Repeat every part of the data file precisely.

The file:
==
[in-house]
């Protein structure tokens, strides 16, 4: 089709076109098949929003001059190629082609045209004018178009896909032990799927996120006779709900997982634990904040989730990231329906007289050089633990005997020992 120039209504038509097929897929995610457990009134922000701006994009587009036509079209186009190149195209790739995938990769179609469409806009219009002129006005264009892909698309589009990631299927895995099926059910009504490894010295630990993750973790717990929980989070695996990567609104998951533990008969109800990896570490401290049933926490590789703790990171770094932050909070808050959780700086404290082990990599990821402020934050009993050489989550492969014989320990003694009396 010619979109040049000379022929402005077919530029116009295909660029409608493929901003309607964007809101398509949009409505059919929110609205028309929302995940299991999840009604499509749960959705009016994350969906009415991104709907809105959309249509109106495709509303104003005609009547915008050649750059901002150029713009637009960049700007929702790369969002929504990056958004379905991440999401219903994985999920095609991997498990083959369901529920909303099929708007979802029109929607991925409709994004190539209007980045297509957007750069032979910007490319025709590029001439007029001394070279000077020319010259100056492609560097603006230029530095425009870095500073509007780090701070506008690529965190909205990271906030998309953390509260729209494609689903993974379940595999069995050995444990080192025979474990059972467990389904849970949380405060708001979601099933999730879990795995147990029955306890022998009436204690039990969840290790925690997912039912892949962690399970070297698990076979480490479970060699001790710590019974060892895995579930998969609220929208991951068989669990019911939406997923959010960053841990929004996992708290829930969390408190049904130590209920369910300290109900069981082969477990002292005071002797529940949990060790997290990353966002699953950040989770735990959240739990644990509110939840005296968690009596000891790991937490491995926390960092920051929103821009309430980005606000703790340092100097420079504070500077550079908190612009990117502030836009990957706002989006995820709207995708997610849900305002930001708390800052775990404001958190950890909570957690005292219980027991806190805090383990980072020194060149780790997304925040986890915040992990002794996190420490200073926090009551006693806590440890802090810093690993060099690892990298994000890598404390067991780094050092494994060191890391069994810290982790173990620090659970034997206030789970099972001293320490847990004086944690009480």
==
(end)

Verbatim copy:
[in-house]
């Protein structure tokens, strides 16, 4: 089709076109098949929003001059190629082609045209004018178009896909032990799927996120006779709900997982634990904040989730990231329906007289050089633990005997020992 120039209504038509097929897929995610457990009134922000701006994009587009036509079209186009190149195209790739995938990769179609469409806009219009002129006005264009892909698309589009990631299927895995099926059910009504490894010295630990993750973790717990929980989070695996990567609104998951533990008969109800990896570490401290049933926490590789703790990171770094932050909070808050959780700086404290082990990599990821402020934050009993050489989550492969014989320990003694009396 010619979109040049000379022929402005077919530029116009295909660029409608493929901003309607964007809101398509949009409505059919929110609205028309929302995940299991999840009604499509749960959705009016994350969906009415991104709907809105959309249509109106495709509303104003005609009547915008050649750059901002150029713009637009960049700007929702790369969002929504990056958004379905991440999401219903994985999920095609991997498990083959369901529920909303099929708007979802029109929607991925409709994004190539209007980045297509957007750069032979910007490319025709590029001439007029001394070279000077020319010259100056492609560097603006230029530095425009870095500073509007780090701070506008690529965190909205990271906030998309953390509260729209494609689903993974379940595999069995050995444990080192025979474990059972467990389904849970949380405060708001979601099933999730879990795995147990029955306890022998009436204690039990969840290790925690997912039912892949962690399970070297698990076979480490479970060699001790710590019974060892895995579930998969609220929208991951068989669990019911939406997923959010960053841990929004996992708290829930969390408190049904130590209920369910300290109900069981082969477990002292005071002797529940949990060790997290990353966002699953950040989770735990959240739990644990509110939840005296968690009596000891790991937490491995926390960092920051929103821009309430980005606000703790340092100097420079504070500077550079908190612009990117502030836009990957706002989006995820709207995708997610849900305002930001708390800052775990404001958190950890909570957690005292219980027991806190805090383990980072020194060149780790997304925040986890915040992990002794996190420490200073926090009551006693806590440890802090810093690993060099690892990298994000890598404390067991780094050092494994060191890391069994810290982790173990620090659970034997206030789970099972001293320490847990004086944690009480």